Drafted into the United States Navy, Robert Rauschenberg trained as a neuropsychiatric technician. His first exposure to original art came on a visit to the Henry E. Huntington Library in San Marino, California, while he was stationed in San Diego. When he was discharged from the navy, he enrolled at the Kansas City Art Institute (1947), but believing that a serious artist should study in Paris, he traveled there in 1948 and attended the Académie Julien and Académie de la Grand Chaumièr. He returned to the United States in the fall of 1948 to attend Black Mountain College in North Carolina, where he studied with Josef Albers.
Rauschenberg then moved to New York and studied at the Art Students League with Vaclav Vytlacil and Morris Kantor (1949-1951). He returned intermittently to Black Mountain, developing close friendships there with John Cage, Merce Cunningham, and Jack Tworkov.
During this period Rauschenberg designed window displays for department stores in New York, and in 1951 had his first one-man show at the Betty Parsons Gallery. In 1952 he traveled extensively in Europe and North Africa, where he created constructions out of wood, rope, and stones. His White Paintings and Black Paintings were shown at the Stable Gallery in New York in 1953. By the late 1950s his "combines" (so called because they were neither painting nor sculpture, but both) secured his reputation as the "enfant terrible" of American art.
Collaboration and experimentation have been constants in Rauschenberg's art, and the list of his collaborators is long and varied -- including pianist David Tudor, and dancers Merce Cunningham and Trisha Brown. In 1966 he established Experiments in Art and Technology (E.A.T.) with scientist Billy Kluver to promote interaction between artists and scientists. Rauschenberg has also been active in matters of artists' rights. During the early 1970s he established Change, Inc., to provide quick access to funds for artists in need.
In addition to Graphicstudio, his print projects include work with Universal Limited Art Editions, Gemini G.E.L., and many others. He continues to explore the possibilities of print processes in non-traditional ways in all aspects of his art.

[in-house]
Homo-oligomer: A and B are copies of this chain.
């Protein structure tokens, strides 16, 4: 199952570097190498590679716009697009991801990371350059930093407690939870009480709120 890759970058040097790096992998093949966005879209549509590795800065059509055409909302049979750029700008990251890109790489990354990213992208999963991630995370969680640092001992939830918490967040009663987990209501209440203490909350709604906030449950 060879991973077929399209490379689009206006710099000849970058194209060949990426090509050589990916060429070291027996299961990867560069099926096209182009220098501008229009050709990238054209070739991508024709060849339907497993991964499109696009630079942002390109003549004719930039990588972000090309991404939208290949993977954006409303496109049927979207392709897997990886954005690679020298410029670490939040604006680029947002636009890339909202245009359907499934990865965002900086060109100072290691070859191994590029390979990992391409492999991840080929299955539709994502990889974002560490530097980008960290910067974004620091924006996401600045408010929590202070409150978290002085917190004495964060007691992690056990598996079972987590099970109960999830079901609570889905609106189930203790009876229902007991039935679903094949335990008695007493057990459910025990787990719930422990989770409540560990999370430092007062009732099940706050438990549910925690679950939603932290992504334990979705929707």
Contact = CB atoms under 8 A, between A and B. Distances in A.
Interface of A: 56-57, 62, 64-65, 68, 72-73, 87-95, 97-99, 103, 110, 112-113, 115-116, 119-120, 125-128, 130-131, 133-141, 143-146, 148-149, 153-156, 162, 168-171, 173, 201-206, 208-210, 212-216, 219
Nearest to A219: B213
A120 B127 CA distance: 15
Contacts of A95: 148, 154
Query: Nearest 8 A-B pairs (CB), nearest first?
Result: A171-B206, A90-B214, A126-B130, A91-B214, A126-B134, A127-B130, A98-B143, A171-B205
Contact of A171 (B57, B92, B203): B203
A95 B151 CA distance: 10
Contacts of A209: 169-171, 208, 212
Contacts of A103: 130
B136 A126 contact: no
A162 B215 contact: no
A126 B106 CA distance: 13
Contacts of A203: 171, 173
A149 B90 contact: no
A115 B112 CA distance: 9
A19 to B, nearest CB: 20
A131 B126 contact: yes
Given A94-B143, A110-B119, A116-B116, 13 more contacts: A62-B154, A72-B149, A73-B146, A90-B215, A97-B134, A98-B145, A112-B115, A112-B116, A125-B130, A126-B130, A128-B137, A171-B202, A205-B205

Rauschenberg's honors include the Skowhegan Medal for Painting (1982), the Jerusalem Prize for Arts and Letters from the Friends of Bezalel Academy of Jerusalem (1984), and honorary degrees from Grinnell College, Iowa, the University of South Florida, and New York University. He was elected to the American Academy of Arts and Science (1978). Honors have also been bestowed on him by the Royal Academy of Fine Arts, Stockholm (1980), and the Ministry of Culture and Communication, France (1981). In 1986 he received the World Print Council's award for Excellence in International Cultural Exchange.
Rauschenberg's first retrospective was at the Jewish Museum in New York (1963). Major exhibitions include those organized by the Whitechapel Gallery, London (1964), Walker Art Center, Minneapolis (1965), National Collection of Fine Arts, Smithsonian Institution, Washington, D.C. (1976), Staatliche Kunsthalle, Berlin (1980), Musée national d'arte moderne, Centre Georges Pompidou, Paris (1981), Contemporary Art Museum, Houston (1984), and the Whitney Museum of American Art, New York (1990). In 1984 Rauschenberg Overseas Culture Interchange (ROCI) was established, with exhibitions traveling to Mexico, Chile, Venezuela, China, Tibet, Japan, Cuba, the Soviet Union, Germany, Malaysia, and the United States. (Fine/Corlett 1991, 231)
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